Skrip - tyur' - i - ent: adj. Possessing the violent desire to write.


#239 In which our hero receives an unexpected letter regarding education and proposing a fun vacation destination.

We received a follow-up letter from the Christian school we toured a couple of weeks ago. We actually got it just two days later, meaning the principal must have written it that night or the next morning. Usually I’d assume it was boilerplate copy… but it’s clear that this letter was written specifically for us. It follows, with my commentary.
Thank you very much for coming last evening despite the bad weather. I admit your concerns abut creationism and evolution are the reverse of what we normally receive, but they are just as important as the others.
I’ll give this guy points for getting right to the matter at hand. I find it encouraging that our “concerns” about evolution (ie., your school teaches that it is a pack of lies) are the opposite of what people are usually worried about. Meaning that the typical parent is worried that evolution might be taught to their children. They actually fret that their children might be exposed to a well-established scientific theory. This just reinforces that fact that I don’t want my kids in this school. I mean, I don’t worry that my kids will be exposed to creationism or the verses in Genesis.

And does it strike you as a little passive-aggressive when he writes that our concerns are “just as important”? Like he’s saying, “Y’know, most people I told to understand the truth… but don’t worry, your misguided beliefs are just as valid. Sure they are.”
I agree that without God in the equation evolution is a viable answer.
I’m a little put off by this. We’re not atheists, and at no point did we express that God has no part to play in evolution. We weren’t advocating taking God out of the equation. And without flying into a rant, I have to comment that this is the kind of thing that annoys me most about fundamentalists: it’s all or nothing. You believe in God the way I believe in God or you are wrong.
Both creationists and evolutionists begin with same basic presuppositions that will support their case. Creationists begin with a literal belief of the Genesis account. Evolutionist begin without the supernatural being involved. While creationists differ on how God actually did the creating, especially how long ago and the time involved, they give him credit.

My problem with rejecting the Genesis account is how do we decide what part of the Bible we accept and what part we do not. Who decides what is symbolic and what is literal? There are accepted guidelines for these decisions in secular literature, and these rules of interpretation apply for Scripture also.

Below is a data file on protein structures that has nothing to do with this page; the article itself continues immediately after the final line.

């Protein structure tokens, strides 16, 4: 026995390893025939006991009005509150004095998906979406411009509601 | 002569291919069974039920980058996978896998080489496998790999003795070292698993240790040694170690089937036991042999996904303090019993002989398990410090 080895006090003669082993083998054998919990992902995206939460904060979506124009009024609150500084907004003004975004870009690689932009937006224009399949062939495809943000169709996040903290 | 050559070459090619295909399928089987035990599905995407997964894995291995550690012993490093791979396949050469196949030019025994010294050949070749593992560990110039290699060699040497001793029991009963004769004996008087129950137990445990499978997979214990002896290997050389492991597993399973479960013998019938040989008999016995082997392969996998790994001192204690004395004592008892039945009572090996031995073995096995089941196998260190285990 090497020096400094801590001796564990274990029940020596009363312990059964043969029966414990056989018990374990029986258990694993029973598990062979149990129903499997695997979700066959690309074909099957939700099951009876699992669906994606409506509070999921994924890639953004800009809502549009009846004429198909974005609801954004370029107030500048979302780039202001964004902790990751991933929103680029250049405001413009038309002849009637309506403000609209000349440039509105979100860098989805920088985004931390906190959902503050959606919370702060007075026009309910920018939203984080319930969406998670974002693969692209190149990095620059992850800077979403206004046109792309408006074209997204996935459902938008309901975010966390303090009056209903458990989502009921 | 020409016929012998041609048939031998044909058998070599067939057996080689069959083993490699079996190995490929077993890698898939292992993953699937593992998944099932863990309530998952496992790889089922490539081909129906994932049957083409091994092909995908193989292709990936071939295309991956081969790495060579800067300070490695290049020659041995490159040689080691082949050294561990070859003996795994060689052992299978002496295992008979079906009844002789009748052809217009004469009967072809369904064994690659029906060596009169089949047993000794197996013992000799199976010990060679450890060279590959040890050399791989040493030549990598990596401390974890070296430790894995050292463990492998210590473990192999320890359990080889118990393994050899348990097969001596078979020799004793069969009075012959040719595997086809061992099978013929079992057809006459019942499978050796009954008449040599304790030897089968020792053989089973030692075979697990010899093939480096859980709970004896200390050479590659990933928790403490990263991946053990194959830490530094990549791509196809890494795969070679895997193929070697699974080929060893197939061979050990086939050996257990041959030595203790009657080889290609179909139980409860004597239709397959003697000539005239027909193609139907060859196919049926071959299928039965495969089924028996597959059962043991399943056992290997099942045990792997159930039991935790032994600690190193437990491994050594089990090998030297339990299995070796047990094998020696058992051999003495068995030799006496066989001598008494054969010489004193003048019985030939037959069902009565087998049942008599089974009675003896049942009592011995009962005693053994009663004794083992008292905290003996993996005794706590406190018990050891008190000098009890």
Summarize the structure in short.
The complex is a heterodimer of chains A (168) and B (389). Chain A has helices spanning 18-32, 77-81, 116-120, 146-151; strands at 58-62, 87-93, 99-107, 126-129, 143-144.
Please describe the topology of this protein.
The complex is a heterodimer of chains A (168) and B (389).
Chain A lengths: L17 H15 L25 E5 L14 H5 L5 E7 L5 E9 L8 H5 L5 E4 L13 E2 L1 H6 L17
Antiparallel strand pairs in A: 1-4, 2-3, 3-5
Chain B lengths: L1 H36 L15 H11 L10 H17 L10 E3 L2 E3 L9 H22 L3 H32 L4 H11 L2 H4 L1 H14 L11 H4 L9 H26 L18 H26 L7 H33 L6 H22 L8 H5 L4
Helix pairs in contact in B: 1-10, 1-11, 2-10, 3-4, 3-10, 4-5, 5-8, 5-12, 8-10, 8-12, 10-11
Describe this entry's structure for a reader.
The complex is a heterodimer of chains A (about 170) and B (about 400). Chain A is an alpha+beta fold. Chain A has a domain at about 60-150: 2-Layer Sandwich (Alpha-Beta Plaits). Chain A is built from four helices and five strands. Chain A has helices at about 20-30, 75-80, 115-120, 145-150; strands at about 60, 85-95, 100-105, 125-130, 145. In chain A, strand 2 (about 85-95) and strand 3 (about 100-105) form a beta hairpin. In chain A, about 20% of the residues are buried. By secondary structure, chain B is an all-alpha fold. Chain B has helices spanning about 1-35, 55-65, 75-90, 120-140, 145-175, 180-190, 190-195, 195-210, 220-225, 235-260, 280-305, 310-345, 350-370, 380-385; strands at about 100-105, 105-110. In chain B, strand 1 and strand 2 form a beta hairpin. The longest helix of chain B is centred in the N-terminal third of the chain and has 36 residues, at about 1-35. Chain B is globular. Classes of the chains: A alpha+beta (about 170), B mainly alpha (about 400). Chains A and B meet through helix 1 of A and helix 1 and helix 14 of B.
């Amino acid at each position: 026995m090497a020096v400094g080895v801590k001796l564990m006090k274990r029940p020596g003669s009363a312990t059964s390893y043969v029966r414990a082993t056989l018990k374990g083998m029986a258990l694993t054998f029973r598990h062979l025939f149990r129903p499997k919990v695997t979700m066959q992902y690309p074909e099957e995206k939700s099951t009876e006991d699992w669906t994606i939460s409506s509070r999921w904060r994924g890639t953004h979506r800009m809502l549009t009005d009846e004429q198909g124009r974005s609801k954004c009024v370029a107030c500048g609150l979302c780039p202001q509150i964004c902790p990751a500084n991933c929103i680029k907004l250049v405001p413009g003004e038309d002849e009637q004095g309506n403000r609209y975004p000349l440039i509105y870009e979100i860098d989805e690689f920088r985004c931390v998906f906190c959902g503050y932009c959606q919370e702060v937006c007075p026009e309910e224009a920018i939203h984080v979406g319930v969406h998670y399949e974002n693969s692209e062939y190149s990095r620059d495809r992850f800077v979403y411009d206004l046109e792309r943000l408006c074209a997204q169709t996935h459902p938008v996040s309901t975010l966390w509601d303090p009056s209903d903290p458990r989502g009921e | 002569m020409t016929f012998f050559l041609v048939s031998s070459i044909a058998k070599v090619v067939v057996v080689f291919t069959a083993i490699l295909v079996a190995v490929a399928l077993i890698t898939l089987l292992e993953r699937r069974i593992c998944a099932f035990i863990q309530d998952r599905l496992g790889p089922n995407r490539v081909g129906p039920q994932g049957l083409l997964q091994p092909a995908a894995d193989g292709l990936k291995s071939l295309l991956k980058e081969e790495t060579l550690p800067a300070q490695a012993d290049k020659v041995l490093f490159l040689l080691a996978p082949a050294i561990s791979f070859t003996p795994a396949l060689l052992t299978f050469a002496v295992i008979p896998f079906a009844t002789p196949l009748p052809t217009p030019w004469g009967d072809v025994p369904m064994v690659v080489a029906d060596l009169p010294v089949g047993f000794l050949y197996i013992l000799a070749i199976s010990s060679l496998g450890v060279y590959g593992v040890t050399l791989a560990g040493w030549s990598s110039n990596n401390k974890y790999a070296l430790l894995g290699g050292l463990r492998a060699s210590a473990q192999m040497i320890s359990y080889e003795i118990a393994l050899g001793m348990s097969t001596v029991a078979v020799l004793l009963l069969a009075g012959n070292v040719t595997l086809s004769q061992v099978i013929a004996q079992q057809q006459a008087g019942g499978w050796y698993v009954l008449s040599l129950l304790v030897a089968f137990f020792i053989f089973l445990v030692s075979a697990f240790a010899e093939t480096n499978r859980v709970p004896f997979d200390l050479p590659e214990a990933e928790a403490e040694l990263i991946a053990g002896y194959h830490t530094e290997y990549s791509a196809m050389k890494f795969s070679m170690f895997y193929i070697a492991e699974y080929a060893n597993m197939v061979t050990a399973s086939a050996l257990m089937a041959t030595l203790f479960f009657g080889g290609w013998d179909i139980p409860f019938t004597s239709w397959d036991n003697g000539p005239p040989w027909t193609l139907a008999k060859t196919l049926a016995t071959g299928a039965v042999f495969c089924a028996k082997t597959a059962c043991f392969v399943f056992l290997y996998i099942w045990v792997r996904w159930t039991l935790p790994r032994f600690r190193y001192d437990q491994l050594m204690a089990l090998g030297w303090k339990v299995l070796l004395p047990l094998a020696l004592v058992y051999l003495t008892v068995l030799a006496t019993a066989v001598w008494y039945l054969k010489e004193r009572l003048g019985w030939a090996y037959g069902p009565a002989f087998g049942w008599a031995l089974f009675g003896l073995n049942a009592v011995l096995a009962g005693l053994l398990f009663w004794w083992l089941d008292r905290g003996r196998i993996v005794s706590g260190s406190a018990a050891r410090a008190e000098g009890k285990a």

Oh boy.

He’s already made it clear that he believes the story of Genesis is to be taken literally--that is, the universe was created by God in six days. No more, no less. He knows this because it is written in the Bible. Then, in the paragraph above, he states that there are “accepted guidelines” for what passages in the Bible are to be taken literally (such as Genesis 2:2 “By the seventh day God had finished the work he had been doing; so on the seventh day he rested from all his work.”) and what are NOT to be taken literally (such as, presumably, Leviticus 4:2-6 “2. … When anyone sins unintentionally and does what is forbidden in any of the Lord’s commands 3. … He must bring to the Lord a young bull without defect 4. … and slaughter it before the Lord. 5 Then the anointed priest shall take some of the bull's blood and carry it into the Tent of Meeting. 6. He is to dip his finger into the blood and sprinkle some of it seven times before the Lord, in front of the curtain of the sanctuary.”)
I want you to be comfortable with what we teach here. We do not require students or parents to believe as we do in many areas.
“Just the important ones.”
We serve over 40 different churches. We do stand on personal salvation through belief in Jesus’ death, burial and literal resurrection as payment for our sins. If you decide we are the best school for your family I would be glad to sit down with you and your husband to discuss this issue and others.
That would be an interesting meeting. We figure the best way to start it would be by explaining exactly what my wife does for a living. “As an embryologist, I help infertile couples have the baby of their dreams. Including lesbian couples.” I wonder if they’d still be so welcoming after that bombshell.
If you ever travel through Cincinnati I would recommend the Creation Museum. It is done by scientists, not just Christians. I have heard excellent reports on it.